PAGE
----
ReadyTogether

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ReadyTogether: Creating Sustainable Career Paths for Women in RMG

Dhaka, BangladeshBangladesh
Year Founded:
2014
Organization type: 
hybrid
Project Stage:
Idea
Budget: 
$50,000 - $100,000
Project Summary
Elevator Pitch

Concise Summary: Help us pitch this solution! Provide an explanation within 3-4 short sentences.

No garment factory worker is empowered or safe with only men in charge. Untapped potential + low opportunity for educated women = high cost on too many levels. Let's train female students in QC, train them to train female workers, and give them a powerful role. Better Quality, Greater Equality.

WHAT IF - Inspiration: Write one sentence that describes a way that your project dares to ask, "WHAT IF?"

WHAT IF the percent of women in technical and managerial positions in Bangladesh RMG increased from less than 3% to 30% by 2021?
About Project

Problem: What problem is this project trying to address?

1. gender inequality in RMG (80% female labor with no authority, few promotions for female sewing operators, few educated women in the sector) 2. the "talent gap" between local education and RMG employment needs (low perception among youth, lack of correct skills among local job seekers, missed opportunities for industrial learning) 3. inexperience with and lack of knowledge of social sustainability among current RMG managers

Solution: What is the proposed solution? Please be specific!

Recruit female design students to become QC interns by explaining the larger purpose and role they can fill, and the practical benefit to their career aspirations. Partner MenEngage works in the factory with male employees to assure their support and inclusion. Industry professionals deliver 8 modules of QC training to interns on Saturdays for 2 months. Interns conduct QC assignments during the week. They work full time in QC for a month, with Saturday mentoring on leadership/communication, plus digital photography workshops with female workers (partner Lensational delivers) to embed empathy between the groups of women. Month 4, interns train female sewing operators in QC. Interns become final QC inspector. Workers advance to QC line.

Awards

None yet
Impact: How does it Work

Example: Walk us through a specific example(s) of how this solution makes a difference; include its primary activities.

In the recruitment phase, female design students learn how they can make a difference for women, and for their country, and about gender equality+sustainability. As interns they build their confidence, communication skills, and add key industrial knowledge, with emotional support from women leaders. They learn to empathize with women workers. Male employees are included in GE learning through sessions with MenEngage. This also provides novel research approach to this topic. Male managers are exposed to the benefit of a GE initiative. Female sewing operators get a new opportunity to learn new skills from female students and begin a career path. Media campaigns tell the story to consumers; our research provides new insights on improving GE.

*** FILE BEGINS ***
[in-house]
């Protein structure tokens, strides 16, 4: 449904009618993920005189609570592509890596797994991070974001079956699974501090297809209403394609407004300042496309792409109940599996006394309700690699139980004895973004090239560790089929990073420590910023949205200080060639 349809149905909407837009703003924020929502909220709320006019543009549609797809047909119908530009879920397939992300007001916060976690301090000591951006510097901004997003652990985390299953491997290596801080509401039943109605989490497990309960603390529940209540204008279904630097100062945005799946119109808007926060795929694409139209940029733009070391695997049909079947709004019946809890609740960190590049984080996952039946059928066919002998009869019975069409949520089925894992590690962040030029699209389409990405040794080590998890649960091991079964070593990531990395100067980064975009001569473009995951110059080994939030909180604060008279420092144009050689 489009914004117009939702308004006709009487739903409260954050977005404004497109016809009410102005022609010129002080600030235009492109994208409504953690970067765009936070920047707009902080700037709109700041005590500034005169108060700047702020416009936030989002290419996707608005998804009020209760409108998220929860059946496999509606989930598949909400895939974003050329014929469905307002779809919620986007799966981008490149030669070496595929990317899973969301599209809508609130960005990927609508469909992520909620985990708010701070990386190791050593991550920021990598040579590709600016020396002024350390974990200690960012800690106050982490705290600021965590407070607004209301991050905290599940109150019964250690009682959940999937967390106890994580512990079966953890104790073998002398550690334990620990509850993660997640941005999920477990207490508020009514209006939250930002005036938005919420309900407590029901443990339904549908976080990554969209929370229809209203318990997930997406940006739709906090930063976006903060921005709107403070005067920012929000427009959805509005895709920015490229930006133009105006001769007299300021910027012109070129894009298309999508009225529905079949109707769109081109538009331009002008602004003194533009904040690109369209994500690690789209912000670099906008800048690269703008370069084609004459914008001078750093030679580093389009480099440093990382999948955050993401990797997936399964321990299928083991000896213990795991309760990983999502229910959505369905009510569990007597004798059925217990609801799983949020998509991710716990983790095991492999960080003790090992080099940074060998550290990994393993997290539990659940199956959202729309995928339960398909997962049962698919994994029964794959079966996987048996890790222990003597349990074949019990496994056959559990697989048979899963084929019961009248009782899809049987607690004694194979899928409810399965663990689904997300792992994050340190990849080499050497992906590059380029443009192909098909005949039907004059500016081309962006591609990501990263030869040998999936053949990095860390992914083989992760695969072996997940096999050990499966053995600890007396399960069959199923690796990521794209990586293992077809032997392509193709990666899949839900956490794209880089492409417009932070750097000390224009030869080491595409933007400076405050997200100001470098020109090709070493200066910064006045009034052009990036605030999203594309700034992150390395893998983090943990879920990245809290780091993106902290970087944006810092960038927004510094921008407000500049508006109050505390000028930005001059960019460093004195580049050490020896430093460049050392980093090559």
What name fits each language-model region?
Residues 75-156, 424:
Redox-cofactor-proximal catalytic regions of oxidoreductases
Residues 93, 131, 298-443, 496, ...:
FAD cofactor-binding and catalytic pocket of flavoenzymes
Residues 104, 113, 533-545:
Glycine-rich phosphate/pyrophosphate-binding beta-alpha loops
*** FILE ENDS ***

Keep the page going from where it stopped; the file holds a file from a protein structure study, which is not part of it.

Impact: What is the impact of the work to date? Also describe the projected future impact for the coming years.

We've yet to launch so I am at present educating students about leadership, social impact of RMG sustainability, women's empowerment, etc. and encouraging them to take these matters to heart. I also utilize social media to spread these messages to Bangladeshi men and women. Hundreds of students have sought my advice and input and claim so much new hope from it. Projected Impact of first pilot in one factory: 10 interns and 50 workers certified in QC, 10 male managers exposed to GE initiative, 30 male workers taught GE and women's empowerment; 'made in Bangladesh' image improved and factory highlighted by consumer awareness campaign, countless consumers aware of gender gap in RMG and solutions. Improved QA efficiency and accuracy, less corruption in final inspections. Cost savings by giving foreign-held jobs to certified local women. New ambition and hope among female workers.

Spread Strategies: Moving forward, what are the main strategies for scaling impact?

Proof of concept in one factory will lead to more factory participation. Female students and female workers will share positive stories to each other and online. Mass media campaign to raise support/awareness. More universities will want to participate, including int'l fashion programs. Training offerings can include sustainable design, color mgmt, compliance and more. Current managers who participate will be more prepared for final phase of advanced sustainability mgmt training/certification. Published research will help with increased funding to replicate in other producer regions.
Sustainability

Financial Sustainability Plan: What is this solution’s plan to ensure financial sustainability?